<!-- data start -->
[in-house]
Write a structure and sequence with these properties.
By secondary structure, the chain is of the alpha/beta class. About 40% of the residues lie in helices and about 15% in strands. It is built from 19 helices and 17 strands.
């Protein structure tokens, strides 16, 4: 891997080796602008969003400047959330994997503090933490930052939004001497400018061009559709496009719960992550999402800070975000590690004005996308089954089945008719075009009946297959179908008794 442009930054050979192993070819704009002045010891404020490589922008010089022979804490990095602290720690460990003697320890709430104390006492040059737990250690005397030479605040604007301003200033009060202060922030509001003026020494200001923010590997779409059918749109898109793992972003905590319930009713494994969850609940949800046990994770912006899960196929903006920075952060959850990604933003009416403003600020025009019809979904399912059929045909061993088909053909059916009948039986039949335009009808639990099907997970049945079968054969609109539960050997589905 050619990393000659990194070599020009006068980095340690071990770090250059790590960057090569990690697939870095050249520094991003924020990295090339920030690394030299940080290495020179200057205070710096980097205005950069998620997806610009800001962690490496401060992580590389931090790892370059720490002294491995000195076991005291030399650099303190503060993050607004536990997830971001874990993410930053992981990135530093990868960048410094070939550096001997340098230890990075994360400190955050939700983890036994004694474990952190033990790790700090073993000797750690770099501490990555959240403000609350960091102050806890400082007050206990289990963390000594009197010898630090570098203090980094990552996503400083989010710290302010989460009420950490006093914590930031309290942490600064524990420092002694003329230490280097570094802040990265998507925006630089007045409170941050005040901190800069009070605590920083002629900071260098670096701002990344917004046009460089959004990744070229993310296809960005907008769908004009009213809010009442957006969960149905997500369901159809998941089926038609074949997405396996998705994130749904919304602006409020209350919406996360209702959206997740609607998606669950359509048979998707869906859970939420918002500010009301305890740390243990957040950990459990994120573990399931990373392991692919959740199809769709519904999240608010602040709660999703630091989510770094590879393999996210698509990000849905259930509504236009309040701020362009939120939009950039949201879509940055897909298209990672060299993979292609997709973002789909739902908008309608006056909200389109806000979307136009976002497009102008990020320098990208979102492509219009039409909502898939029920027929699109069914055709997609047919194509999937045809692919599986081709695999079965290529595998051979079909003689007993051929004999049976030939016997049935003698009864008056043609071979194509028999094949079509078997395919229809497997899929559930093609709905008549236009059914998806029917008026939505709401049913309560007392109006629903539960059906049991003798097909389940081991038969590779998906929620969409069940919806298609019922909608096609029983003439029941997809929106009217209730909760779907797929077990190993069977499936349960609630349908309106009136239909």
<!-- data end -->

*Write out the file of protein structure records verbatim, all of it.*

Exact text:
[in-house]
Write a structure and sequence with these properties.
By secondary structure, the chain is of the alpha/beta class. About 40% of the residues lie in helices and about 15% in strands. It is built from 19 helices and 17 strands.
């Protein structure tokens, strides 16, 4: 891997080796602008969003400047959330994997503090933490930052939004001497400018061009559709496009719960992550999402800070975000590690004005996308089954089945008719075009009946297959179908008794 442009930054050979192993070819704009002045010891404020490589922008010089022979804490990095602290720690460990003697320890709430104390006492040059737990250690005397030479605040604007301003200033009060202060922030509001003026020494200001923010590997779409059918749109898109793992972003905590319930009713494994969850609940949800046990994770912006899960196929903006920075952060959850990604933003009416403003600020025009019809979904399912059929045909061993088909053909059916009948039986039949335009009808639990099907997970049945079968054969609109539960050997589905 050619990393000659990194070599020009006068980095340690071990770090250059790590960057090569990690697939870095050249520094991003924020990295090339920030690394030299940080290495020179200057205070710096980097205005950069998620997806610009800001962690490496401060992580590389931090790892370059720490002294491995000195076991005291030399650099303190503060993050607004536990997830971001874990993410930053992981990135530093990868960048410094070939550096001997340098230890990075994360400190955050939700983890036994004694474990952190033990790790700090073993000797750690770099501490990555959240403000609350960091102050806890400082007050206990289990963390000594009197010898630090570098203090980094990552996503400083989010710290302010989460009420950490006093914590930031309290942490600064524990420092002694003329230490280097570094802040990265998507925006630089007045409170941050005040901190800069009070605590920083002629900071260098670096701002990344917004046009460089959004990744070229993310296809960005907008769908004009009213809010009442957006969960149905997500369901159809998941089926038609074949997405396996998705994130749904919304602006409020209350919406996360209702959206997740609607998606669950359509048979998707869906859970939420918002500010009301305890740390243990957040950990459990994120573990399931990373392991692919959740199809769709519904999240608010602040709660999703630091989510770094590879393999996210698509990000849905259930509504236009309040701020362009939120939009950039949201879509940055897909298209990672060299993979292609997709973002789909739902908008309608006056909200389109806000979307136009976002497009102008990020320098990208979102492509219009039409909502898939029920027929699109069914055709997609047919194509999937045809692919599986081709695999079965290529595998051979079909003689007993051929004999049976030939016997049935003698009864008056043609071979194509028999094949079509078997395919229809497997899929559930093609709905008549236009059914998806029917008026939505709401049913309560007392109006629903539960059906049991003798097909389940081991038969590779998906929620969409069940919806298609019922909608096609029983003439029941997809929106009217209730909760779907797929077990190993069977499936349960609630349908309106009136239909």